We like our jobs but toxic manager is gutting us. It feels awful because we can't perform to our full potential when she's around and feel like we have no career prospects. How can we help ourselves?
posted by swimmingly to Work & Money (9 answers total) 9 users marked this as a favorite
I work with a small team and we report to one manager. She is fairly new at managing and only moved up into the number one role in the division slightly over a year ago.
Her management style includes:
1. Consistently not giving clear instructions. Her sentences often beat around the bush and fail to include nouns/subjects, almost as though she expects us to read her mind.
2. A habit of talking over the ends of our sentences and trying to complete them for us. If I say, "I don't think this will work", she will say "work" a split second after I start saying the word. This is more like a personal tic rather than a management tactic, admittedly, but it suggests lack of listening.
3. Doesn't seem to be able to stand up to the other managers/bosses at the firm. They have a meeting every day. Prior to the meeting, she will give each of us (vague) instructions on what to do for the day. Typically, after the meetings, she often returns with a different set of objectives and instructions, based on the comments from the others. Again, she fails to communicate the new instructions clearly, which often results in last-minute changes.
4. Tends to overcommit my team, during these meetings. She will often promise things that we cannot reasonably deliver on deadline without superhuman amounts of effort. After we put in this amount of effort, the new project could still die because someone else makes another comment and she wavers again.
5. Gives us a lot of extra work to do, because she is paranoid about what might happen if some projects fall through. In comparison, managers of other similar units in the firm do not feel the need to do this. Often, the extra work gets done, but never actually used by her. So a lot of time and effort is wasted that we could have spent developing our own good projects.
6. Irrational fear of losing her job. This probably is one of the reasons for the overpromising and apparent spinelessness in the face of the other managers/bosses.
7. Tends to panic a lot and passes on the stress to us. When we are working on our individual projects, she will often come around and hover and micromanage. Close to the deadline, she will suddenly think up changes that many of us feel are unnecessary, and make us do them. Doesn't add that much to the overall quality of the project.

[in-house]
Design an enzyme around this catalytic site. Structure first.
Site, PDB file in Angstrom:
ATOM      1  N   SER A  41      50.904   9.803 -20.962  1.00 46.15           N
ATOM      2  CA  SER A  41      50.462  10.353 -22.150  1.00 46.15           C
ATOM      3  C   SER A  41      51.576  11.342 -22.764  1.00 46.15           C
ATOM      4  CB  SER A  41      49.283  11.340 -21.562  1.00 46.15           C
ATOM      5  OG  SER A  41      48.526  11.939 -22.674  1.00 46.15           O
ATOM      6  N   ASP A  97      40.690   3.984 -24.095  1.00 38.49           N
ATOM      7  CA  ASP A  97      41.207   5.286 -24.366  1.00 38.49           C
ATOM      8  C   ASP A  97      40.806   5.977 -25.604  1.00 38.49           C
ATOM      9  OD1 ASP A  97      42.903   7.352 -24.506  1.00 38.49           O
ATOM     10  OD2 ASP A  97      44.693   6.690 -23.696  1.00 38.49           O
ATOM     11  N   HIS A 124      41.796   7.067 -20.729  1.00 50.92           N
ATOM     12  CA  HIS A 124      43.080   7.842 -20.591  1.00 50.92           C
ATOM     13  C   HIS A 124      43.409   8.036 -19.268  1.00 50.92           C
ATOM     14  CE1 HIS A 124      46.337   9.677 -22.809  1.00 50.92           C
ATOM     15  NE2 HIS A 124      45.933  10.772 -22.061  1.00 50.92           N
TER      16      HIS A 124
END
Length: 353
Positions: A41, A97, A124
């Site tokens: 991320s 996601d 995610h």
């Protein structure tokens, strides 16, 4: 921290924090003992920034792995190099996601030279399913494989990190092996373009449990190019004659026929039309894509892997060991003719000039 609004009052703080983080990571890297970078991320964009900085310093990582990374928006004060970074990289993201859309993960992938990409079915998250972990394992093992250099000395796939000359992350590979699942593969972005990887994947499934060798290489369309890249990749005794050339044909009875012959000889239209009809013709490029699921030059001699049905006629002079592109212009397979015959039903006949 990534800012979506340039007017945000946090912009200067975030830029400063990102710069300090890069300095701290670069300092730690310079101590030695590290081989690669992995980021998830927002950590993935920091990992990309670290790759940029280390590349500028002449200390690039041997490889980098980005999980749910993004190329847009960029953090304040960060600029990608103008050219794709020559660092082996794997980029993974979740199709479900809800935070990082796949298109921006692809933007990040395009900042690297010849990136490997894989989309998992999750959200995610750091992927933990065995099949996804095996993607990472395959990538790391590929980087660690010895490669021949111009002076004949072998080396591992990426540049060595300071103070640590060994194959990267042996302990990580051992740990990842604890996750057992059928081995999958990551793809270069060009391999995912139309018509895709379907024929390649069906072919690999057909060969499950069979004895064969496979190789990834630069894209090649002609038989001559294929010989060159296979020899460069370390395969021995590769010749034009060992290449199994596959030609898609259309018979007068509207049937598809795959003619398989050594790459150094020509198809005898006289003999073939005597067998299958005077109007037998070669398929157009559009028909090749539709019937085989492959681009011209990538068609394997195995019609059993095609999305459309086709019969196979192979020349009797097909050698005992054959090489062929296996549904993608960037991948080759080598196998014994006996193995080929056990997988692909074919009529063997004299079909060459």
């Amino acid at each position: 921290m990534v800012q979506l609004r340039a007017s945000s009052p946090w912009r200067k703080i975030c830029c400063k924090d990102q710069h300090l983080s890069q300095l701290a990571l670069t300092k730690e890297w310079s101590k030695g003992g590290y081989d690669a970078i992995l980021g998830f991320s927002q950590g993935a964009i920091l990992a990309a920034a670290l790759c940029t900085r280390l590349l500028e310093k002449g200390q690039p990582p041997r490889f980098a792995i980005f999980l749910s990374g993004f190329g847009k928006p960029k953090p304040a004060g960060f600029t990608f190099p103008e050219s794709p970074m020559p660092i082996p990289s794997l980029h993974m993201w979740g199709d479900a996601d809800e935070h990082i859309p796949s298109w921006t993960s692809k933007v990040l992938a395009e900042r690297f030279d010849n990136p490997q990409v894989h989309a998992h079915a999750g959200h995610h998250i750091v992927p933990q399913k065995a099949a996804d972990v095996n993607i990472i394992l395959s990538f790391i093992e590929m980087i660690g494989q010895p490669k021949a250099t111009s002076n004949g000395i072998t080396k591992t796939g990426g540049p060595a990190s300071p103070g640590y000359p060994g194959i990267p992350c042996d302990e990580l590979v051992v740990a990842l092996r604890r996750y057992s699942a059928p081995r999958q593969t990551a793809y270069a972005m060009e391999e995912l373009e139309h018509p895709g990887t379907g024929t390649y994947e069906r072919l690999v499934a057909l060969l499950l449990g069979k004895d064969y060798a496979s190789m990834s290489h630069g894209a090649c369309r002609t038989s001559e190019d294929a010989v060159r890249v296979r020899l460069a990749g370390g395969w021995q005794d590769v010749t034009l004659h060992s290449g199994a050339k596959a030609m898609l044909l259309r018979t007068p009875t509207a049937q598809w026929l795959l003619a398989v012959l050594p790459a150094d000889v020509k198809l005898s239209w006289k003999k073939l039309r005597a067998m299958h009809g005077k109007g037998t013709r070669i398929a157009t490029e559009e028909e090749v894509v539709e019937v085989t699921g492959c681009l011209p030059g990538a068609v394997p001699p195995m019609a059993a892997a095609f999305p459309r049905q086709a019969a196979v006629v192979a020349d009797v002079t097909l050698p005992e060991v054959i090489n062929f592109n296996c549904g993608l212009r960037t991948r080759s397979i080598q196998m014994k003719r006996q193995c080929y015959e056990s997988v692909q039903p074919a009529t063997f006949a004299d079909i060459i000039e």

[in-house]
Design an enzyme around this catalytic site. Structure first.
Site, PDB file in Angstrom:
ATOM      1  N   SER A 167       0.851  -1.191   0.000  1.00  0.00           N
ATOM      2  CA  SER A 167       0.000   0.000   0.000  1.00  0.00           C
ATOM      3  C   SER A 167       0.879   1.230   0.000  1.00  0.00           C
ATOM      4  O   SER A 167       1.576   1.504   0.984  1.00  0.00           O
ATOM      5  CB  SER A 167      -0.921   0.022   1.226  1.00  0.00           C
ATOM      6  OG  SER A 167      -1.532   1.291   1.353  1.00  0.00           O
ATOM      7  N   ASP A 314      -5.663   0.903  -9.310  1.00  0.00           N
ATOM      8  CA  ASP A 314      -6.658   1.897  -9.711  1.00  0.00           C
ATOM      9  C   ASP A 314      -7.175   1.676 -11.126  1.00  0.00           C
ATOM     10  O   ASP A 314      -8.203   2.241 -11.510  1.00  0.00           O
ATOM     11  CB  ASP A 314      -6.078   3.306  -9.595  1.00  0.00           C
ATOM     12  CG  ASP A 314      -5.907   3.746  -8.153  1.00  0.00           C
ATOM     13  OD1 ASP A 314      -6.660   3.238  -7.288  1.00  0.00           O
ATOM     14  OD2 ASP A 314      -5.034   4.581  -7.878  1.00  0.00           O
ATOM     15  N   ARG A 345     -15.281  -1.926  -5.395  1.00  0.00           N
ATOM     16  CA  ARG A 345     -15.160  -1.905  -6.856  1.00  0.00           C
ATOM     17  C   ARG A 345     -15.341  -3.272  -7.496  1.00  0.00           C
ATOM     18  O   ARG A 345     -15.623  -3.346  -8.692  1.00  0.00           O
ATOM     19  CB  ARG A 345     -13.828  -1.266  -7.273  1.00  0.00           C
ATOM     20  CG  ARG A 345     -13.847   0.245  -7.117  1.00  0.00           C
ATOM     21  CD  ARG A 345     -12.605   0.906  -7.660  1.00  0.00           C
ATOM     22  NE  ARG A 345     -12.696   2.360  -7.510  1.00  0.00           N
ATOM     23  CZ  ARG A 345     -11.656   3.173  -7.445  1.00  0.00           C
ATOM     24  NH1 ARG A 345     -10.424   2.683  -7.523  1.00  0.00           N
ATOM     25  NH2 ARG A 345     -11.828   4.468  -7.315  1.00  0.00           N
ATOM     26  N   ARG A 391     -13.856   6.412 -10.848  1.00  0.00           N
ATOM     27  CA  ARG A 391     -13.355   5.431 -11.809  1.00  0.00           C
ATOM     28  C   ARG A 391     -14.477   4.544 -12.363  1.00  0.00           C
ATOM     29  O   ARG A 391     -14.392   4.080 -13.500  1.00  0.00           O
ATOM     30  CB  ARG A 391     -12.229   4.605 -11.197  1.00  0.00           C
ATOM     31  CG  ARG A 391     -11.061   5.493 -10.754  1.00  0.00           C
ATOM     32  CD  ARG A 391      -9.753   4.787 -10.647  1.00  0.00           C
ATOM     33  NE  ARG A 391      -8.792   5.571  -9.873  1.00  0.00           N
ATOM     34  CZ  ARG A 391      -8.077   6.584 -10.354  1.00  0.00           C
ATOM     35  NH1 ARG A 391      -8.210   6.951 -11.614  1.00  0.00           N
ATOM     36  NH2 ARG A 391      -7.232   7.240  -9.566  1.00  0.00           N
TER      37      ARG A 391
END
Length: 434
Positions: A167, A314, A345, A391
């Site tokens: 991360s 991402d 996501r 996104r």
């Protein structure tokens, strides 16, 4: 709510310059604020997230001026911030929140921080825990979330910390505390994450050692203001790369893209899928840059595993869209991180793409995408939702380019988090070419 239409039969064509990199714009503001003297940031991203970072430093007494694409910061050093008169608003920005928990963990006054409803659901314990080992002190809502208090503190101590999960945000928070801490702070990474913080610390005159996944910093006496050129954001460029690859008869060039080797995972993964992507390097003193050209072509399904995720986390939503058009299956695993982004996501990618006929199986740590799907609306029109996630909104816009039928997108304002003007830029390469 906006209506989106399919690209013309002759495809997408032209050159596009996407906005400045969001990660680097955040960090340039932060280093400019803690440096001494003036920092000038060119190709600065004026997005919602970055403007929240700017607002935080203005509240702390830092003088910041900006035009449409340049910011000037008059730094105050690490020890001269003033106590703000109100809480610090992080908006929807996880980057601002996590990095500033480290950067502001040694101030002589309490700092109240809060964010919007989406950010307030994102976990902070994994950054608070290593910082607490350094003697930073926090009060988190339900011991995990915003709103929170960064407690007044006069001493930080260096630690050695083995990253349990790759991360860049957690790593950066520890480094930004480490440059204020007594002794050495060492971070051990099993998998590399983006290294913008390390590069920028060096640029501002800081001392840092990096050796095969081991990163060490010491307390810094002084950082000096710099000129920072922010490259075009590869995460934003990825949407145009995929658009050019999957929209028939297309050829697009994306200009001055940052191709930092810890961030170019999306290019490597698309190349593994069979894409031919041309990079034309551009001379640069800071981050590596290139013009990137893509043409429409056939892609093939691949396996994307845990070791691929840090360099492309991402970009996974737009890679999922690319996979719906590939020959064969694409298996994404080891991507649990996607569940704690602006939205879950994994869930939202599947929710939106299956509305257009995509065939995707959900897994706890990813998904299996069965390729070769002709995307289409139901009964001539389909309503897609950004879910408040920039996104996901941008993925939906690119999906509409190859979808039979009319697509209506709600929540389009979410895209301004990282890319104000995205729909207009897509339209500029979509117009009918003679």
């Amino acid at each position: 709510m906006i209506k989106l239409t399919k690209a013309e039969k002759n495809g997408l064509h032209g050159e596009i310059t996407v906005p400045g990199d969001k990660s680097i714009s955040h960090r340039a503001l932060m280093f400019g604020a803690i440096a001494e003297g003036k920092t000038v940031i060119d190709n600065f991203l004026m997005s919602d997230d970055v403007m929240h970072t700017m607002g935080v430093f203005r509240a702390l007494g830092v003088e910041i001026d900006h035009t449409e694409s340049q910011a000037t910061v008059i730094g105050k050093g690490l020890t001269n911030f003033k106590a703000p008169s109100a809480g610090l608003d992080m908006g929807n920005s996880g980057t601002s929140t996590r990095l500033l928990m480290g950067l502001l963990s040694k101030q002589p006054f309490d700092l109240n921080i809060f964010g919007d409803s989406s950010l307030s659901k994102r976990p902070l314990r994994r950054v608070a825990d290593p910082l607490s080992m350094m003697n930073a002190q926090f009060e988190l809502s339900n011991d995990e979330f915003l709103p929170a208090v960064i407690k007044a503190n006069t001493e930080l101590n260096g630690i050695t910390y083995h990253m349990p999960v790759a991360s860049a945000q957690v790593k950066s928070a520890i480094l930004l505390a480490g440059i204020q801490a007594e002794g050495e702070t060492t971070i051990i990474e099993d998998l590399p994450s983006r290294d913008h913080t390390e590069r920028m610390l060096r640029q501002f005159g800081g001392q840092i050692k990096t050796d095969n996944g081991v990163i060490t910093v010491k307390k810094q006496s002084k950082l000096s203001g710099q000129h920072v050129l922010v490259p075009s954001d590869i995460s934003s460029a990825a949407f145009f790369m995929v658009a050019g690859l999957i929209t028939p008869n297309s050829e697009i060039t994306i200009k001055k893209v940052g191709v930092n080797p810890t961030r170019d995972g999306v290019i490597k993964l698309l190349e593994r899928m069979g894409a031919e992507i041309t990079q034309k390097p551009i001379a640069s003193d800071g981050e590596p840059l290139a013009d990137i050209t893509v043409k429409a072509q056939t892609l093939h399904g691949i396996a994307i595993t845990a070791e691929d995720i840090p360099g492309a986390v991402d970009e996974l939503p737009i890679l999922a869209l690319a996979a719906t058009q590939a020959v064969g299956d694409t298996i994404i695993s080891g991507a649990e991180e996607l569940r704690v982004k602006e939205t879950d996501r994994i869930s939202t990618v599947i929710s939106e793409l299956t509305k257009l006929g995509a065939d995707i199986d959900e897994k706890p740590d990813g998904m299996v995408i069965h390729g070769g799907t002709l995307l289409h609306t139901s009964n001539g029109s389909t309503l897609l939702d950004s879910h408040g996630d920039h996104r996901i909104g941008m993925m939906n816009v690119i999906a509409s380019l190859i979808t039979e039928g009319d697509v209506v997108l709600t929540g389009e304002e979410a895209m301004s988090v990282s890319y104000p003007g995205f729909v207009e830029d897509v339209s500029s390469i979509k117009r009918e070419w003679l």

8. Because of the overcommitment and constant wavering on her part, it feels as though our tasks and timelines are always being changed. These changes happen with increasing frequency as the original deadline approaches, since she panics.
9. Uses emotional manipulation to make us do more work. For instance, she will say, "If you don't do X, then Bob will have to do it." Then the target employee, who is friends with Bob since we are a tight-knit team, will be guilt-tripped into taking on additional workload. Which may not even be necessary since she might not actually need the extra stuff. Again, it's a "cover my ass" thing for her, at our expense.
10. Tries to put on a sympathetic show whenever she gives us more things to do. For instance, she will come around to our tables, put on a sad face, then ramble on about nothing in particular until she finally comes to the point when she says, "Could you do something about XYZ". We would rather she go straight to the point and not make sad faces at us for several minutes prior.
As a result of the above, we do not feel that she is a manager who will stand up for us, or filter out the crap from the rest of the company. Her tactics are causing us significant amounts of stress, and burnout symptoms. We have lost respect for her as well.
In contrast, when she goes on leave and her deputy takes over, things get so much better for us because the deputy is more confident, calmer, clearer and sharper. We stop feeling miserable all the time and are more productive. However, there is no chance in the near future that she will leave and the deputy will take over.
She has an avoidant personality, which means that she's unlikely to have a chat with us anytime soon. Whether in a group, or one-on-one. She has said before that she feels uncomfortable in situations where she has to sit down and talk with employees. This means that if we want to raise any issues to her, we will have to specifically request a meeting with her, which will likely put her on the defensive.
We do want to have a talk with her on how we can change things, but how can we tell her about the things that are going wrong without making it seem like a personal criticism? (even though it kind of is...) We don't want to offend her or hurt her feelings or put her on the defensive.
However, if having a talk with her is something that we shouldn't presume to do, then what else can we do? Assume that none of us wants to quit purely because of her, and that transfer requests will be denied. So we're kind of stuck in this situation.
Would appreciate any advice you can give. Thanks!